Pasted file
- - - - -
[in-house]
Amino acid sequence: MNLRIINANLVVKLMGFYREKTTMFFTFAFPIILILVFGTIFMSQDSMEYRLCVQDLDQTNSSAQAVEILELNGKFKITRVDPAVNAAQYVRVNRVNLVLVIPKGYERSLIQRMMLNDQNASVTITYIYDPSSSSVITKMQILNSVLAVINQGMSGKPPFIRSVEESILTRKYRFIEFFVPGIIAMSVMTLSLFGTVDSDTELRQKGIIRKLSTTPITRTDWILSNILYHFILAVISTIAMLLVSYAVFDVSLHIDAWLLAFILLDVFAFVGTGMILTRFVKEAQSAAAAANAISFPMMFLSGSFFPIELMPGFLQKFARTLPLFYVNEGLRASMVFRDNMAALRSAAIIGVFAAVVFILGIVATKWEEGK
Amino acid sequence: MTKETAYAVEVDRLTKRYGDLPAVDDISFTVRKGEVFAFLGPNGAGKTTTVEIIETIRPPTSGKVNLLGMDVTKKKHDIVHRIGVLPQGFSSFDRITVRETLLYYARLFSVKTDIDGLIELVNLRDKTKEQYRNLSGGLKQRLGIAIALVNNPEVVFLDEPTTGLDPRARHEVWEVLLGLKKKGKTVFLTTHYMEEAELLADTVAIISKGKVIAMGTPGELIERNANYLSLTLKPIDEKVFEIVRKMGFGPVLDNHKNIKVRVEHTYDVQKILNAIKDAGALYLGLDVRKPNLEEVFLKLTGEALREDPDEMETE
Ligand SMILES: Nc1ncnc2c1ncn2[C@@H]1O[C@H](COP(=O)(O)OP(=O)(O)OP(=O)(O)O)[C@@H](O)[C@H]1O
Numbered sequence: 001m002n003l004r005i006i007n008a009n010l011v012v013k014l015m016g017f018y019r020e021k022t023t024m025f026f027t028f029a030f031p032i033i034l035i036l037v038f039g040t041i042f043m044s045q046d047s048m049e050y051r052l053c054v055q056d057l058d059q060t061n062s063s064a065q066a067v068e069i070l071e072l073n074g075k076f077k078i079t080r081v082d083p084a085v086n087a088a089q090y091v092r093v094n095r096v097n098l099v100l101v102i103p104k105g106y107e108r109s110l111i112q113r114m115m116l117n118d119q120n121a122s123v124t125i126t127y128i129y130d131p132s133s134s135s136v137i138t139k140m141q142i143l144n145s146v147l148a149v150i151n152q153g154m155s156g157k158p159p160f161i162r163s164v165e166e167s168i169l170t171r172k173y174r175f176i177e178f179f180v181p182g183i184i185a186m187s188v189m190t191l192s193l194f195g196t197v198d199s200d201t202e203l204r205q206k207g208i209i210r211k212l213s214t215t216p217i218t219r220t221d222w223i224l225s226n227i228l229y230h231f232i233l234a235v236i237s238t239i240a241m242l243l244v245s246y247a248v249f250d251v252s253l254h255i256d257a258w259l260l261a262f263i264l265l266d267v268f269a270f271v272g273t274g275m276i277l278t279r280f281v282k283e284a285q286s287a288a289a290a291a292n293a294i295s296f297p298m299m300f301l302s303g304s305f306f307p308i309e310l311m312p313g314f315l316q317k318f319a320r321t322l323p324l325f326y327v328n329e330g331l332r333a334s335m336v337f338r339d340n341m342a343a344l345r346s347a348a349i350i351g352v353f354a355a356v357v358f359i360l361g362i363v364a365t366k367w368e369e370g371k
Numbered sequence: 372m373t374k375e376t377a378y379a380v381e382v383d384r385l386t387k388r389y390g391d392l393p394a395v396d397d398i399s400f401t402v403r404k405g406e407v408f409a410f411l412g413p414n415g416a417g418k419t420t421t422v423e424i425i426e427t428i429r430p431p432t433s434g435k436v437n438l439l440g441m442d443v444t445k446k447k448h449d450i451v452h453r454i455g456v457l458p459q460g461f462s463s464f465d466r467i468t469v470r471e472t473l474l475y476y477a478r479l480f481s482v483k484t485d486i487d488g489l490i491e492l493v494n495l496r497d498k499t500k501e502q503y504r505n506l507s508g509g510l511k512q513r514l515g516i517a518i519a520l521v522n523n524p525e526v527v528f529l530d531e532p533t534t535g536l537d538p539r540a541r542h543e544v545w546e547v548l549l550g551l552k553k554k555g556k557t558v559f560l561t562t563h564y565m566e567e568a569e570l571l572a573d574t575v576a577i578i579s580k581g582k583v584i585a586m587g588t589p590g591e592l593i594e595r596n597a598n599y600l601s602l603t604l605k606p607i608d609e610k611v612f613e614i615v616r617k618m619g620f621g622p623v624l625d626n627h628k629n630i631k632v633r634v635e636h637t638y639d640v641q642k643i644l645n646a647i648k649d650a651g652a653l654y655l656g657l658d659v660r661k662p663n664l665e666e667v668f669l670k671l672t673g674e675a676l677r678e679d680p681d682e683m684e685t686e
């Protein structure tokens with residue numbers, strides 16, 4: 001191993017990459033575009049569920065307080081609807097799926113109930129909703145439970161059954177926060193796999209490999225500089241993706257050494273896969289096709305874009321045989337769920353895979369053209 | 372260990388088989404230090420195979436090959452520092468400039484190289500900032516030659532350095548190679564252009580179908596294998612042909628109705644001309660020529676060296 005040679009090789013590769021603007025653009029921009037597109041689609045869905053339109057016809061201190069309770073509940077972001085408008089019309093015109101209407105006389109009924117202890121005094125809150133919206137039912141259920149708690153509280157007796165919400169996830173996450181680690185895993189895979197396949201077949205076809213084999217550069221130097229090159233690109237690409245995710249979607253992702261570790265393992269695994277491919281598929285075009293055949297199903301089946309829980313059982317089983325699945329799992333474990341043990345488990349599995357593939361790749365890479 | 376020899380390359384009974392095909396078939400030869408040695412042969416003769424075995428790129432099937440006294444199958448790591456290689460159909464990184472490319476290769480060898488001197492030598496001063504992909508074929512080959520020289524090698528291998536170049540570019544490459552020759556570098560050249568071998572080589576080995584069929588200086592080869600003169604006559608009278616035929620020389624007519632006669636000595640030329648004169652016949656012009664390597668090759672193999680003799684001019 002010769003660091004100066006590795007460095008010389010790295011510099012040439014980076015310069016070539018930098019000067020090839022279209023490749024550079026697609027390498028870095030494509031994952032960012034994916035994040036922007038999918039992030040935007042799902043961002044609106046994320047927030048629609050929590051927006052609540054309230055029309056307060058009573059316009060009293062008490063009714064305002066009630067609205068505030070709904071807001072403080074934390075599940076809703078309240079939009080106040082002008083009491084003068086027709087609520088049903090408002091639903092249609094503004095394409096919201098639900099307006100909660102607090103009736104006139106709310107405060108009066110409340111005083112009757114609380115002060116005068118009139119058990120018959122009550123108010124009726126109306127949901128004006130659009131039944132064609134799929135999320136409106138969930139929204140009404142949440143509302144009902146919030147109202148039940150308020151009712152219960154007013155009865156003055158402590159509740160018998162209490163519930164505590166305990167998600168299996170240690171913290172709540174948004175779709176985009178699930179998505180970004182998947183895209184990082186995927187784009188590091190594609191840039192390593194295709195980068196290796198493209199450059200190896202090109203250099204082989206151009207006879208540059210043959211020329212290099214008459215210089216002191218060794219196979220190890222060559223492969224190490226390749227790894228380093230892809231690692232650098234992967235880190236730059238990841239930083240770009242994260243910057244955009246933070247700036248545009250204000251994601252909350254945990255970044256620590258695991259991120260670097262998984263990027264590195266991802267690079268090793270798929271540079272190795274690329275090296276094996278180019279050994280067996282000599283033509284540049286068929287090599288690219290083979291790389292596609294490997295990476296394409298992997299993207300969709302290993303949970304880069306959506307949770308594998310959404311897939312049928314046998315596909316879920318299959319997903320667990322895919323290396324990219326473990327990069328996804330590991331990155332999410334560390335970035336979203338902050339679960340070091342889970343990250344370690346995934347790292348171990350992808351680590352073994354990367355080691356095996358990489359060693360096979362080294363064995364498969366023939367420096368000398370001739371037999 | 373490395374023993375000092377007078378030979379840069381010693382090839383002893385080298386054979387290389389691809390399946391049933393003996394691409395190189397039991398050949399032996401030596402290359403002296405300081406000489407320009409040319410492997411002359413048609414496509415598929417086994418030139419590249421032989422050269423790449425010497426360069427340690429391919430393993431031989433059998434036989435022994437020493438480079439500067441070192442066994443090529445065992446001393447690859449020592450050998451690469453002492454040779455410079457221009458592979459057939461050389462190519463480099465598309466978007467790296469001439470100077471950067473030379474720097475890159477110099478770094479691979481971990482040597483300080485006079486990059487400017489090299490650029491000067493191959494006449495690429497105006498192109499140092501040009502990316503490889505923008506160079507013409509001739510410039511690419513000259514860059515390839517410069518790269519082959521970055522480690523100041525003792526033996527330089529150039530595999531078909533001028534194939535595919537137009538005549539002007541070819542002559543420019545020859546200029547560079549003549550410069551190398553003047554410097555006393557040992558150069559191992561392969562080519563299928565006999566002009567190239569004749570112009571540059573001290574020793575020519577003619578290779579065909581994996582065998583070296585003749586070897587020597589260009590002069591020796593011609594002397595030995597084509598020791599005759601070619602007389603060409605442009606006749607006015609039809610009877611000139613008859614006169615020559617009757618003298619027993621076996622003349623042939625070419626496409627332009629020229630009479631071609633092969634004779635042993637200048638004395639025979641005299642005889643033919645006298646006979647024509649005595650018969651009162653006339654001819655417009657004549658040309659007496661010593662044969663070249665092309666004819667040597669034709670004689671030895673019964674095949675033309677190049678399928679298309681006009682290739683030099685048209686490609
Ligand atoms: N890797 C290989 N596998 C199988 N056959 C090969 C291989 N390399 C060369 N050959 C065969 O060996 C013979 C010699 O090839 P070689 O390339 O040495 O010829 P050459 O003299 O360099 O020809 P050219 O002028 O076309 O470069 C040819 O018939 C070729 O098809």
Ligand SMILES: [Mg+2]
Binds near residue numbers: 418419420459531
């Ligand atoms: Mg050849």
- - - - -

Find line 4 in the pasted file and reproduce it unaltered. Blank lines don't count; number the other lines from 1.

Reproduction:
Ligand SMILES: Nc1ncnc2c1ncn2[C@@H]1O[C@H](COP(=O)(O)OP(=O)(O)OP(=O)(O)O)[C@@H](O)[C@H]1O